ATTACKS ON NEGATIVE GEARING THREATEN NEW INVESTORS
Saul Eslake is the chief economist from Bank of America Merrill Lynch and he believes that negative gearing contributes more to a potential housing bubble than Chinese property investment.
Eslake called on the Abbott government to end negative gearing for new investors, a week after the Reserve Bank said macroprudential policies such as raising the capital requirements on mortgage banks may be necessary to prevent the housing market from overheating. Negative gearing allows investors to reduce their tax liabilities by deducting losses from rental properties on their other income. Data has been notoriously unreliable on the amount of foreign investment in Australia’s housing market, but The Grattan Institute pegs the cost in lost tax revenue to the federal government at $2.4 billion a year.
He accepts that it is not politically feasible to abolish negative gearing entirely because around 15 per cent of voters are currently taking advantage of negative gearing – a tax regime that allows them to buy assets and deduct the interest costs against other income.
But he says that it would be easy for Canberra to decide that any new investment past a certain date would not be eligible for negative gearing.
He then goes on to argue that there are three choices on how to restore the balance
They can let the market run, which history has shown is not a good option. Or they can lift interest rates which will cruel the rest of the economy to stop an alleged risk in the housing market.
The third option is to introduce new macro prudential rules to limit how much the banks lend to certain types of borrower.
But the risk here is that the new rules either don’t work or that they hurt the wrong people, such as first home buyers.
In contrast, if Canberra decided to curtail negative gearing, it would reduce borrowing by investors, which would mean that investors either paid less for properties or did not buy as many.
It is the opinion of this office that this is potentially disastrous for investors. When rent does not cover the average mortgage on an investment property then there has to be other means to recoup the losses otherwise investors will sell off their portfolios and new investors will not enter the market which will leave the rental market in chaos.
Saul Eslake mentioned briefly that after the former Treasurer Paul Keating decided to abolish negative gearing in 1985 there was a steep jump in rents. This was the law of supply and demand in action; as investors sold off their properties there were fewer properties to rent and so rents went up.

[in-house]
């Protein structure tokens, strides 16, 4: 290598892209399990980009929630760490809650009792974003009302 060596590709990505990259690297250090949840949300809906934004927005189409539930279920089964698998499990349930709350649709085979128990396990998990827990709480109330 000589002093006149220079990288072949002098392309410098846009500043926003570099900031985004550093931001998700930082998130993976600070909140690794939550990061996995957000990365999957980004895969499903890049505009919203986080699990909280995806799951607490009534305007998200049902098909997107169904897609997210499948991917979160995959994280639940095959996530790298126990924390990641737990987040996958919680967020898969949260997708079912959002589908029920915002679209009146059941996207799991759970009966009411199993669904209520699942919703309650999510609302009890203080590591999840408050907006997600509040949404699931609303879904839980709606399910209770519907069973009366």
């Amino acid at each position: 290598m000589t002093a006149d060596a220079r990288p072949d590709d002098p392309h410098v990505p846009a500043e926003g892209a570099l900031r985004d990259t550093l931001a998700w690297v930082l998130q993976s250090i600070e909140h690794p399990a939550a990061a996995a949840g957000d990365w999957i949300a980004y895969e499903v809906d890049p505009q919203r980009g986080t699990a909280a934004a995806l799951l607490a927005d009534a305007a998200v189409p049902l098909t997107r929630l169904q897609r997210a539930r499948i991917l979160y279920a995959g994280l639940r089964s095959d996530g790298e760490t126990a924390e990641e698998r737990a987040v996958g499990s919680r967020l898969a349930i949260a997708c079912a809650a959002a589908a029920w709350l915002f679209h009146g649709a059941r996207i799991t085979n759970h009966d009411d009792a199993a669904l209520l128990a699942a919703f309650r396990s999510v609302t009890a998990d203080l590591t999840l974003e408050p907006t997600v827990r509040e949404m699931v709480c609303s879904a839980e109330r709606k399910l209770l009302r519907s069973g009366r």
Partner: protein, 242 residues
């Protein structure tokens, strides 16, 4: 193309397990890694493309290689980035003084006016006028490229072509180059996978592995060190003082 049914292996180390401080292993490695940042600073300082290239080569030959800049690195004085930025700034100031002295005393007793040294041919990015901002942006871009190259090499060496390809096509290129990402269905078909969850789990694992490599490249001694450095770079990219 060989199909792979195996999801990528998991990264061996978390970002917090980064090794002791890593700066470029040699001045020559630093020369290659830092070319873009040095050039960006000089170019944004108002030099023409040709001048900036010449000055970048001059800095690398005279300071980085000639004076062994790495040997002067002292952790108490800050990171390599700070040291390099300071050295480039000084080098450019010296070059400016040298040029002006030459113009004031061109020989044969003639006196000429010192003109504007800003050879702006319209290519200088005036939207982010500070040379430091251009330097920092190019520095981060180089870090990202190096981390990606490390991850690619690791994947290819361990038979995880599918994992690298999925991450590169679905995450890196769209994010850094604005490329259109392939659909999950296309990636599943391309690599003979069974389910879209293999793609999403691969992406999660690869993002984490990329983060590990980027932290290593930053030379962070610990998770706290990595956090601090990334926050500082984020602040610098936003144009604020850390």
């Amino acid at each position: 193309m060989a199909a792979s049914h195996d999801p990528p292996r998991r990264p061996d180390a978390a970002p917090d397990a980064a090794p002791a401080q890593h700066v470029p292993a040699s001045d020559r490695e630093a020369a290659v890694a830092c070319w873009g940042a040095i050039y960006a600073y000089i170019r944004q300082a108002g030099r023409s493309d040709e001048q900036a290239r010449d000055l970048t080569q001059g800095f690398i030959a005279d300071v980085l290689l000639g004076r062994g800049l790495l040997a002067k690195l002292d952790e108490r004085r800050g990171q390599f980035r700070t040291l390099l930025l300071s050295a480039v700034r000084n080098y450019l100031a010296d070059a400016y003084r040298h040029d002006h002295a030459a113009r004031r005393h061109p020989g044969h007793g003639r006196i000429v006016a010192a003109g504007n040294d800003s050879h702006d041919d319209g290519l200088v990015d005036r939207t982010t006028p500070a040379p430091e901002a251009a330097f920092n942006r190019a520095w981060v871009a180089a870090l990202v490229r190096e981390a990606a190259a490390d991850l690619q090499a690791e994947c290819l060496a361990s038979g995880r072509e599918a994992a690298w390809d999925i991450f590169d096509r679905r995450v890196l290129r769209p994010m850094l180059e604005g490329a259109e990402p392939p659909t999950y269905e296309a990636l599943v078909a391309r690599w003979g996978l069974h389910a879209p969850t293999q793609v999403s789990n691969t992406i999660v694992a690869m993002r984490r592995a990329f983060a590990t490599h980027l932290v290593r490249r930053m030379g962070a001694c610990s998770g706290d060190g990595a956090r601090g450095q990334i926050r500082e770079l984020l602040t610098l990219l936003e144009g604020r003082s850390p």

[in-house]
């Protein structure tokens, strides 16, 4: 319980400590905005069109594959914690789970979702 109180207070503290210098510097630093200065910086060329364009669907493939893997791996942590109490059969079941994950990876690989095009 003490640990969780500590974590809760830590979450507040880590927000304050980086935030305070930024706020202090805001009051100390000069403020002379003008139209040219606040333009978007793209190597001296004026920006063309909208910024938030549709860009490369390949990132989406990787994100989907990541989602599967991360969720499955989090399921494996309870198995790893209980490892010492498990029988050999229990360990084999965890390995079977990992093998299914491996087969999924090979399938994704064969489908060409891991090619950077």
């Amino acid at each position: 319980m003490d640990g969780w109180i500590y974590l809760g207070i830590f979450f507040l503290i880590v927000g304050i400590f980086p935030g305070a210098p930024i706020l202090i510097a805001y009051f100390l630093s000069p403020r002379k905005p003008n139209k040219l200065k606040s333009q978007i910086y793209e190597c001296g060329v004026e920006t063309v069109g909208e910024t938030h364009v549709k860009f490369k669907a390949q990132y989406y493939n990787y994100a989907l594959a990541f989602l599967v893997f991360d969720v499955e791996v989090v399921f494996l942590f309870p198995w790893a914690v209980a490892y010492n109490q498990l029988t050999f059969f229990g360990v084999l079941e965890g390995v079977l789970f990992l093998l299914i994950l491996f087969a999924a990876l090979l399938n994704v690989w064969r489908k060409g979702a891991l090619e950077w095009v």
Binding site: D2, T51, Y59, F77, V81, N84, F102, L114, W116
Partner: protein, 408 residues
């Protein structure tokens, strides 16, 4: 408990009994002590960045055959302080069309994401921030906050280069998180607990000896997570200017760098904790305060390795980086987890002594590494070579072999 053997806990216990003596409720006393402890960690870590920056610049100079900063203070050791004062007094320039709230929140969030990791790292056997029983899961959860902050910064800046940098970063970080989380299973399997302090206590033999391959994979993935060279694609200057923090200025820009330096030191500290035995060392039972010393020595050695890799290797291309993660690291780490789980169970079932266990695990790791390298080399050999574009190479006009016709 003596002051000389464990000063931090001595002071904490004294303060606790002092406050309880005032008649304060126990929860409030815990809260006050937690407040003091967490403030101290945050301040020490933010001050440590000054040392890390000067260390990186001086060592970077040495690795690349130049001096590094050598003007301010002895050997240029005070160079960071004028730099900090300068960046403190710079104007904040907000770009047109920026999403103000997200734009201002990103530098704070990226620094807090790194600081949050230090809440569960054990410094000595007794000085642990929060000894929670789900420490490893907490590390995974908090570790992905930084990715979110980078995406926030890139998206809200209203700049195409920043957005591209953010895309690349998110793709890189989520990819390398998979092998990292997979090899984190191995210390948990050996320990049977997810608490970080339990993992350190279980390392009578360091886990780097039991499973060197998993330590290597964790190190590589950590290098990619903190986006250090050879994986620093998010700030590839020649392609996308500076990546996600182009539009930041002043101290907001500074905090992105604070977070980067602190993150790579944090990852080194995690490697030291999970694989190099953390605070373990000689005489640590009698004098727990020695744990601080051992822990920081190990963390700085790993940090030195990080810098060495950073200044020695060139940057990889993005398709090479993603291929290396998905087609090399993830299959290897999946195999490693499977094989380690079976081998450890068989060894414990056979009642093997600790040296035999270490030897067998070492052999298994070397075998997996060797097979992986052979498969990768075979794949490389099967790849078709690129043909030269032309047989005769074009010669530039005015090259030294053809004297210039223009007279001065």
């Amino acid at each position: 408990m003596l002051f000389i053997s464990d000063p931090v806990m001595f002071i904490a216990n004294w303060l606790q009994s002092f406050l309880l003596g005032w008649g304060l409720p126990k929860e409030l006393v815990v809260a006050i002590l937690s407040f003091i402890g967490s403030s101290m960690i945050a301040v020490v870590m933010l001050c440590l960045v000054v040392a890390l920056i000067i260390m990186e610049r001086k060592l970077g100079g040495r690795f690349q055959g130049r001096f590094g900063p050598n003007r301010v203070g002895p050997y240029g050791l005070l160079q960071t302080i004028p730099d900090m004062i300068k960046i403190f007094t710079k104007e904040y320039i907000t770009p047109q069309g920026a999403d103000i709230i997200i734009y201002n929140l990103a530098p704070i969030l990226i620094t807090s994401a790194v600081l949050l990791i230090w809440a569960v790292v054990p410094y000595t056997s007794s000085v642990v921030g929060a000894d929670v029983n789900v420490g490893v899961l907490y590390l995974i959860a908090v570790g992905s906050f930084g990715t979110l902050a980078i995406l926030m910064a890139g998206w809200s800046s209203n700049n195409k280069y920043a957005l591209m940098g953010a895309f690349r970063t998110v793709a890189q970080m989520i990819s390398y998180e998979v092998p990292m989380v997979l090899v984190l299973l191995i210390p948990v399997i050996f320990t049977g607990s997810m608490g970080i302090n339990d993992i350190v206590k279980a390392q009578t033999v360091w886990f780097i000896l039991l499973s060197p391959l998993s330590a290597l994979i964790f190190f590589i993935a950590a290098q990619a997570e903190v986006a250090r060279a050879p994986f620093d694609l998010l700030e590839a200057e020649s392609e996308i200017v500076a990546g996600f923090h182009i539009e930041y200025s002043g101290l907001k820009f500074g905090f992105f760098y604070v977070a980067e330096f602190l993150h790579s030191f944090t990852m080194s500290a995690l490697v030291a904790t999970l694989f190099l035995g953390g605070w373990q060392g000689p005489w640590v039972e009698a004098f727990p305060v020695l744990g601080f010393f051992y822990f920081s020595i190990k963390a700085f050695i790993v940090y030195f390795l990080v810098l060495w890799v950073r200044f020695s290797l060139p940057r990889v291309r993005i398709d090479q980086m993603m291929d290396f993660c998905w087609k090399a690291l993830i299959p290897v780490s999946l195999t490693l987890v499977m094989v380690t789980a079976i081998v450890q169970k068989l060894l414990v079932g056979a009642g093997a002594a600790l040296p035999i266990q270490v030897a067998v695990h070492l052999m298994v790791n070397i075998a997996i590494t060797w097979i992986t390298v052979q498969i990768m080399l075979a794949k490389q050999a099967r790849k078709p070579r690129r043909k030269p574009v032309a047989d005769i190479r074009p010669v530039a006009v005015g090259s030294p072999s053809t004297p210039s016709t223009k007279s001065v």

When finally sense prevailed and this policy was reversed the government of the day had to throw in the additional carrot of allowing owners to claim the depreciation of their investment properties against taxable income in order to entice them back.
How quickly we forget!
Do we really have to go down the same old route and repeat the mistakes of the past?
Supporters for axing negative gearing say that rents only went up sharply in Sydney & Melbourne but that other factors were involved in those cases. They also point out that it was only pressure from the real estate lobby that reversed the decision not problems in the rental market itself.
What they don’t consider is that it is not guaranteed for rents to increase immediately because renters will not automatically choose to pay more; they can simply pass over expensive properties and search for the cheaper ones. This delay in the market adjusting will be prolonged when vacancy rates are already higher than normal. A lack of rental properties will tend to push rents up but when this trend starts in a market where vacancies are already high the net result will be offset and so delayed.
For rents to go up the push needs to be more or less universally embraced by investors and this can take time especially where the pressure from loss of rebates can take up to 12 months to be felt since many investors might still only be claiming their reimbursements at the end of the tax year.
The only concession to axing negative gearing is that this will only apply to new investments, which means that current investors will still be able to claim all the benefits of negative gearing.
This means two things. Firstly you will be less inclined to want to sell those investment properties you now own because of all the benefits you will lose and …
Secondly we should all start buying new investment properties immediately before negative gearing is axed.
This is by no means a foregone conclusion but we might end up seeing a bigger rush on investment properties by Aussies than we have ever seen so far and it may well over shadow any Chinese spending spree.